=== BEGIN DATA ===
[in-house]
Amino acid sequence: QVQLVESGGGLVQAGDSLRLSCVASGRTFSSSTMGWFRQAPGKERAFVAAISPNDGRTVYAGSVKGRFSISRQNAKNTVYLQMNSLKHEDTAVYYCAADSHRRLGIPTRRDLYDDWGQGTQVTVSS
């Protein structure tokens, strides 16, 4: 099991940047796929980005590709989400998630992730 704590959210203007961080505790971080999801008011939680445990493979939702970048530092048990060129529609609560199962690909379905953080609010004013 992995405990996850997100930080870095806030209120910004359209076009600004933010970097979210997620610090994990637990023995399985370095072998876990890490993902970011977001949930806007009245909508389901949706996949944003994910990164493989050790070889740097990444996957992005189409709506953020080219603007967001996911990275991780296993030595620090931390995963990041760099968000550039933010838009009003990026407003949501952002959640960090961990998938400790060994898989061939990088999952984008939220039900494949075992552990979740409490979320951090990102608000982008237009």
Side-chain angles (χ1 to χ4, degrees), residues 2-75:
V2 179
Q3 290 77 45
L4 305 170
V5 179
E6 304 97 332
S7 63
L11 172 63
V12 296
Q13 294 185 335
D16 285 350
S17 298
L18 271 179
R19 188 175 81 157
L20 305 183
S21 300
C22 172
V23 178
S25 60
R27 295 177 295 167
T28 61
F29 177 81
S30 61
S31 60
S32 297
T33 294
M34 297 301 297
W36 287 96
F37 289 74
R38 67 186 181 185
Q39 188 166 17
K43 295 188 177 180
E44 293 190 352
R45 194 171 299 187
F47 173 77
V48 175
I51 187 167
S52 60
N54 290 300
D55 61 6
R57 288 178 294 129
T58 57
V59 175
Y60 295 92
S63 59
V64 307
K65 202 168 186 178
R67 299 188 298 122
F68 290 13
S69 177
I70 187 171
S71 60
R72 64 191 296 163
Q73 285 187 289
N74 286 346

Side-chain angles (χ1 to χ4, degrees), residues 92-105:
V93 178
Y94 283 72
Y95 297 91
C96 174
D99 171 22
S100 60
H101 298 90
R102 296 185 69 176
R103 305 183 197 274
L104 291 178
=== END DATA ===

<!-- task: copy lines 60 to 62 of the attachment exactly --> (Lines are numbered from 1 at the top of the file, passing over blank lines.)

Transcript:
V93 178
Y94 283 72
Y95 297 91